UACES Facebook Choosing Types of Ham for Christmas Dinner Can Be Intimidating
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Choosing Types of Ham for Christmas Dinner Can Be Intimidating

cooked ham in platter with beautiful diamond shapes with pineapple and cherries
The ham has a beautiful diamond shape when you cut the top lightly in uniform diamond shapes, then insert whole cloves in each diamond (optional) and then lay pineapple slices and cherries atop the ham.


Christmas dinner has grown throughout the years to include Mexican, Italian, or whatever your family is in the mood for. I am still traditional and will be fixing ham for our Christmas meal.

Trying to decide what type of ham to purchase can be intimidating. Will it be a bone in, spiral cut, boneless? There are so many choices.

Hams are marketed in several sizes, the most popular being whole, halves, shank, butt and center-cut slices. Whole hams usually weigh from 8 to 18 pounds. The best buy depends on the amount of money available, family size and preference, and how fast the hams can be utilized.

A ham that is labeled “fully cooked” needs no further cooking, but cooks will often warm it before serving to improve the flavor. If a ham is not labeled with cooking instructions, cook to an internal temperature of 165 degrees.

Butt portion vs. shank, which do you need? The butt portion will cost more per pound and will yield the largest amount of attractive slices. The shank bone is preferred by many for cooking with beans or in making soups, and others prefer the “fully cooked” varieties for ease of preparation and cooking time.

If you are looking at a half ham and it is labeled as such, there are no center slices removed. The shank or butt portions however, have center slices removed and will cost less per pound than the half-ham. Generally, you can estimate that with a bone you will get 3 servings per pound; if it is boneless it will yield 4 servings per pound; while half bone will yield 2 to 2 and one half servings per pound.

While on your shopping trip, you may notice picnic hams. A picnic ham is not actually a ham because it is from the shoulder of the animal instead of from the hind leg. A picnic ham may be sold as a fresh pork roast or one that is cured and smoked. A picnic shoulder will usually cost less than ham and is not as popular because it has more bone and is less tender.

Carefully consider how you will store your ham. Fresh pork should be stored in the coldest part of the refrigerator for two to five days or in the freezer for up to eight months. Pork that is wrapped in plastic wrap from self-service meat counters should be stored no longer than two days in the refrigerator. If it must be kept longer, place the store package in moisture-vapor resistant freezer type packaging material before you store it in your freezer to help prevent freezer burn.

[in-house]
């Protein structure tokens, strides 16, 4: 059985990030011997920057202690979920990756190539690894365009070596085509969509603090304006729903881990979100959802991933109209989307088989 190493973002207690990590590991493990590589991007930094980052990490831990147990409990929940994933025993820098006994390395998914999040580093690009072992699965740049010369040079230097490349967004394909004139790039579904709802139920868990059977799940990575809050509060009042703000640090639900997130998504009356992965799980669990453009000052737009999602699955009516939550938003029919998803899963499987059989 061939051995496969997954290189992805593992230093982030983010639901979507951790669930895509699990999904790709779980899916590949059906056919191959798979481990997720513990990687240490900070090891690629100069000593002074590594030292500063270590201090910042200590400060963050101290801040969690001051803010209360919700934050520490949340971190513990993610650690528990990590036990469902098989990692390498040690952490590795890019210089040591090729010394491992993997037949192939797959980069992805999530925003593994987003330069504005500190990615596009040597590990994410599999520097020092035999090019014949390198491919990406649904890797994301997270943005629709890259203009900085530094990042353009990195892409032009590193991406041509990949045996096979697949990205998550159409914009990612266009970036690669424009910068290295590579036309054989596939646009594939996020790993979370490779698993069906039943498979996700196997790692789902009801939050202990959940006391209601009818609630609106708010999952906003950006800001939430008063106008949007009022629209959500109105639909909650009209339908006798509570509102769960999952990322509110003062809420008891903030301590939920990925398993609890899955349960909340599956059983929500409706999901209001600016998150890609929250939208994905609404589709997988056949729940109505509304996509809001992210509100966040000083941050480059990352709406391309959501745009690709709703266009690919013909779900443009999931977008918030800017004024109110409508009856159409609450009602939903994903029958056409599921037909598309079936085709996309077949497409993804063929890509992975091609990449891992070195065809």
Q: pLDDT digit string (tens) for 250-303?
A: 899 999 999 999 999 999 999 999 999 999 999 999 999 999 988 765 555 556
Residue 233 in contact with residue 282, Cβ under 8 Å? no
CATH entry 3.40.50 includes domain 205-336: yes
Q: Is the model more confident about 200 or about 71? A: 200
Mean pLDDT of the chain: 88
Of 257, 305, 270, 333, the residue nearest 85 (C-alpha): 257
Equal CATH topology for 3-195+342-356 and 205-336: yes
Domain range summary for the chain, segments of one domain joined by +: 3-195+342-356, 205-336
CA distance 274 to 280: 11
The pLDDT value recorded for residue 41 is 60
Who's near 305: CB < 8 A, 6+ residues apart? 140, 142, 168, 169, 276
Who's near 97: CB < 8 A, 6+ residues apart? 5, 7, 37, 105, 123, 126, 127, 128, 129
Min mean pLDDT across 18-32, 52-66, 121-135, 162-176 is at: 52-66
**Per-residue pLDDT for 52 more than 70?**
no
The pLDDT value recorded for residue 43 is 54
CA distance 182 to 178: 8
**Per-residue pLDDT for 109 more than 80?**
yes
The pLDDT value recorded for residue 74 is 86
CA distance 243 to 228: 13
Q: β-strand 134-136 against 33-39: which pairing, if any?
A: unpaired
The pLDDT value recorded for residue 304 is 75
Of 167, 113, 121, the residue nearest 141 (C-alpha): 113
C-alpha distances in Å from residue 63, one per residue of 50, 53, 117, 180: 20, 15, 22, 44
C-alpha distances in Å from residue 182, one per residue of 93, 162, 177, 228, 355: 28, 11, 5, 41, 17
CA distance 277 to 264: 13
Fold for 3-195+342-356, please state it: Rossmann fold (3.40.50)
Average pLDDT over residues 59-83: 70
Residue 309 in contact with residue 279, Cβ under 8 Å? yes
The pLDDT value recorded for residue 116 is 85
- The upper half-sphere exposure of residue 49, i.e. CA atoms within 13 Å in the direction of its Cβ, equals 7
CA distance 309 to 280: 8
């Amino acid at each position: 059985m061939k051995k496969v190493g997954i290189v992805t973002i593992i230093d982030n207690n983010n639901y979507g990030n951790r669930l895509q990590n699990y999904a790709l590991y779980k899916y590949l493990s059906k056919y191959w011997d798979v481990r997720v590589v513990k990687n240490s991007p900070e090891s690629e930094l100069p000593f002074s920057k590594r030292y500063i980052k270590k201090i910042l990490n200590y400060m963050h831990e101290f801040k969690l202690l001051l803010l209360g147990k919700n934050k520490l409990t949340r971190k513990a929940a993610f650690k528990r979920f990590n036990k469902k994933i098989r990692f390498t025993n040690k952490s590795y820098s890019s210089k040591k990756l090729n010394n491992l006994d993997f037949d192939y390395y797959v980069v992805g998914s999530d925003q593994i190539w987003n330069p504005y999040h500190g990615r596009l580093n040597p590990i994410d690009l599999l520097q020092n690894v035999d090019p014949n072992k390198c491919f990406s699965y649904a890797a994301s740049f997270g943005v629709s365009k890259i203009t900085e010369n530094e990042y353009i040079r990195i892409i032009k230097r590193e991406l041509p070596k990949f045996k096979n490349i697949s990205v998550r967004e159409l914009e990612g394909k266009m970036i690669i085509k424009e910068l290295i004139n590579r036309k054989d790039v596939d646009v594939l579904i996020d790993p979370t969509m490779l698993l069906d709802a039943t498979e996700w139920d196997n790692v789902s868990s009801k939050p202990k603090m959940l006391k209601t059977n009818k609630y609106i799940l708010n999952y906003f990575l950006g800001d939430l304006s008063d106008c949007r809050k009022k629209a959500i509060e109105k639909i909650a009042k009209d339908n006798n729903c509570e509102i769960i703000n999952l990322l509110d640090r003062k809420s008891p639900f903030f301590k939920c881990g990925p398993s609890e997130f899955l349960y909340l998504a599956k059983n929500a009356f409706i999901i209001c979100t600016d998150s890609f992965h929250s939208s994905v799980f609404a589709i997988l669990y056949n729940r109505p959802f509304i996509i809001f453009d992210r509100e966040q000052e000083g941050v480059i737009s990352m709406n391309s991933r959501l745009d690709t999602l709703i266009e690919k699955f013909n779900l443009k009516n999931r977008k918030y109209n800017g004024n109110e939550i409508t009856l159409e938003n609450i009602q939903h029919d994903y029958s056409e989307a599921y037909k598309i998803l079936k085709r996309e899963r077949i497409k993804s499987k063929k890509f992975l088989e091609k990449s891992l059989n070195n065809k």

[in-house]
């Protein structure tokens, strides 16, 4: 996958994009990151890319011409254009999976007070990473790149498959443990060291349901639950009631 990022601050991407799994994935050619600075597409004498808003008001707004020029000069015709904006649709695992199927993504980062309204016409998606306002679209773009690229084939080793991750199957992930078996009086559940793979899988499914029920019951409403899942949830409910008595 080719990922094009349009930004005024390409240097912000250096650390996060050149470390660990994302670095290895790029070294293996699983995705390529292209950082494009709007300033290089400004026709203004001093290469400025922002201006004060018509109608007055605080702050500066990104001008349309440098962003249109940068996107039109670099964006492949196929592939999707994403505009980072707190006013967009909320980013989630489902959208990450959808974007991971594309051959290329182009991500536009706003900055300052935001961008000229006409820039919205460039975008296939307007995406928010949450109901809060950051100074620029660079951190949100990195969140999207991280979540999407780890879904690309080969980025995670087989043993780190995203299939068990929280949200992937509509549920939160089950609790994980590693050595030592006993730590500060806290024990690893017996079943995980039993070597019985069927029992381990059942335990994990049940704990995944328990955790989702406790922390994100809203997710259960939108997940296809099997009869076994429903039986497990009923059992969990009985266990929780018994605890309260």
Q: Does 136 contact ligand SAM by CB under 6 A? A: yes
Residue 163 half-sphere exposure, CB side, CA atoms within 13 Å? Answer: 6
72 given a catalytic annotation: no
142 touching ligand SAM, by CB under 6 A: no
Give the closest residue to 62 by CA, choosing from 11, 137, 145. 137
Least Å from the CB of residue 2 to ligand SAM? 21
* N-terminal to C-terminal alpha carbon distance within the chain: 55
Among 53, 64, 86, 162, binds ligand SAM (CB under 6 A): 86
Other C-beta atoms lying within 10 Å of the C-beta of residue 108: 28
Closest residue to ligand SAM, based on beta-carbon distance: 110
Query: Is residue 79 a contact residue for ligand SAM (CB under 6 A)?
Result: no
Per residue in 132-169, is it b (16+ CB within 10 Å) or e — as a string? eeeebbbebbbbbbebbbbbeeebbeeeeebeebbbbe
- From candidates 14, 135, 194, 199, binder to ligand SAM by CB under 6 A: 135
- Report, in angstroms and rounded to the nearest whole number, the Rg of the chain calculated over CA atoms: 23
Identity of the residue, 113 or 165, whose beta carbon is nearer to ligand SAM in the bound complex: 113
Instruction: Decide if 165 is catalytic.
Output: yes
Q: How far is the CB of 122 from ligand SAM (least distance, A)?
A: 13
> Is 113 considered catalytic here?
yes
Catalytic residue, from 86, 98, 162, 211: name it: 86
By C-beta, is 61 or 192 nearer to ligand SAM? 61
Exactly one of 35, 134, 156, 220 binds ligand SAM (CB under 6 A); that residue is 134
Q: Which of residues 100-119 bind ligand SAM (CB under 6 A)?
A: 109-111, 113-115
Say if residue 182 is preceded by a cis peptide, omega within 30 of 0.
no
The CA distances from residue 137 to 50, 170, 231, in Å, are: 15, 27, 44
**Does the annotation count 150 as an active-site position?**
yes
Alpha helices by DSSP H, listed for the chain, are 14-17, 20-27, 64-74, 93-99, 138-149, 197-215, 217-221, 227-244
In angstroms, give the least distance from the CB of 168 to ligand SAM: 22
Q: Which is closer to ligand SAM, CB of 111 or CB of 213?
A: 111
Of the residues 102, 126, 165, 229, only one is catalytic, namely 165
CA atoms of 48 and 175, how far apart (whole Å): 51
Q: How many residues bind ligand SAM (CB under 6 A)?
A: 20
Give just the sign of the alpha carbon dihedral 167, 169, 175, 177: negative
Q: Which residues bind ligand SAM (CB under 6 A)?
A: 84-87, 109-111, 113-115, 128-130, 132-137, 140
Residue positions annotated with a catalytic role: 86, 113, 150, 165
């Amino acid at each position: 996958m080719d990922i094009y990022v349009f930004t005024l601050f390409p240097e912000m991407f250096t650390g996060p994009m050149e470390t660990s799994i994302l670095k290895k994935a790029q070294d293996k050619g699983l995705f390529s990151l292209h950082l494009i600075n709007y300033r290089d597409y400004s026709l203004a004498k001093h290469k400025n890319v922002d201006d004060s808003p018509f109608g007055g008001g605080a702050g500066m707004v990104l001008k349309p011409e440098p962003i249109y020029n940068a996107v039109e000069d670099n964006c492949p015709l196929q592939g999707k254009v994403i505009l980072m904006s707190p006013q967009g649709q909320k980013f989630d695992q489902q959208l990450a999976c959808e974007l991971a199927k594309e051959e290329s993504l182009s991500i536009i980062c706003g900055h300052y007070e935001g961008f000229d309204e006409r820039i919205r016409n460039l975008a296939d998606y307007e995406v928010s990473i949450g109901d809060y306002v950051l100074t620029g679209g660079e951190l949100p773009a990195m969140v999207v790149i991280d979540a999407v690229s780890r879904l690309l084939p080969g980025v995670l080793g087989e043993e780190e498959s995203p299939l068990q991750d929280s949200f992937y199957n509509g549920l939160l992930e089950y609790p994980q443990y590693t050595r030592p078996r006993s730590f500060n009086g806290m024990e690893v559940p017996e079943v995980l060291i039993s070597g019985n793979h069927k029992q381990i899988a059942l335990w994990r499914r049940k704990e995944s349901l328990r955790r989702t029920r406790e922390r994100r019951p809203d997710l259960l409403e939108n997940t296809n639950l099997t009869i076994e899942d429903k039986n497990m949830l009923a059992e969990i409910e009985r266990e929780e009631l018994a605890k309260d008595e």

If you have any questions concerning food safety or preparation, please feel free to contact me at the University of Arkansas Division of AG, Cooperative Extension Service, in Miller County at 870 779-3609, or e-mail me at Follow me on facebook at UAEXMillerCountyFCS/CarlaHaleyHadley, and  twitter at @MillerCountyFCS for additional recipes and tips.

We will be having this recipe for Brown Sugar and Pineapple Glazed Ham for our Christmas meal. It is my kids’ favorite.

Brown Sugar and Pineapple Glazed Ham

6-8 pound fully cooked bone-in ham

Whole cloves, optional

1 cup brown sugar

1 tablespoon cornstarch

2 teaspoons prepared mustard

1 (15-ounce) can pineapple slices, juices reserved

1 (4-ounce) jar maraschino cherries, drained


Place ham, fat side up, on a rack in a shallow roasting pan. Insert meat thermometer through the end of the ham so tip is in the center of thickest part of the ham but does not touch bone or fat.

Roast 12 to 16 minutes per pound in a 325 degrees oven or until thermometer reads 165 degrees. Remove ham from oven. Pour drippings from pan and remove any skin from ham.

Cut top of ham lightly in uniform diamond shapes; insert whole cloves in each diamond (optional). Lay pineapple slices and cherries on top of ham. Drizzle half of pineapple glaze on ham. Roast uncovered about 20 minutes; add remaining glaze and roast 10 minutes more. Cover ham with a tent of aluminum foil and let stand for 10 minutes.


For Glaze:  In a medium saucepan, combine brown sugar, cornstarch, reserved pineapple juice and prepared mustard.  Heat to a boil, and continue to cook until the mixture has boiled for 1 minute.

Check out our Ham for the Holidays newsletter for more information and recipes.


By Carla Haley-Hadley
County Extension Agent - FCS
The Cooperative Extension Service
U of A System Division of Agriculture

Media Contact: Carla Haley-Hadley
County Extension Agent - FCS
U of A Division of Agriculture
Cooperative Extension Service
400 Laurel Street, Suite 215 Texarkana AR 71854
(870) 779-3609


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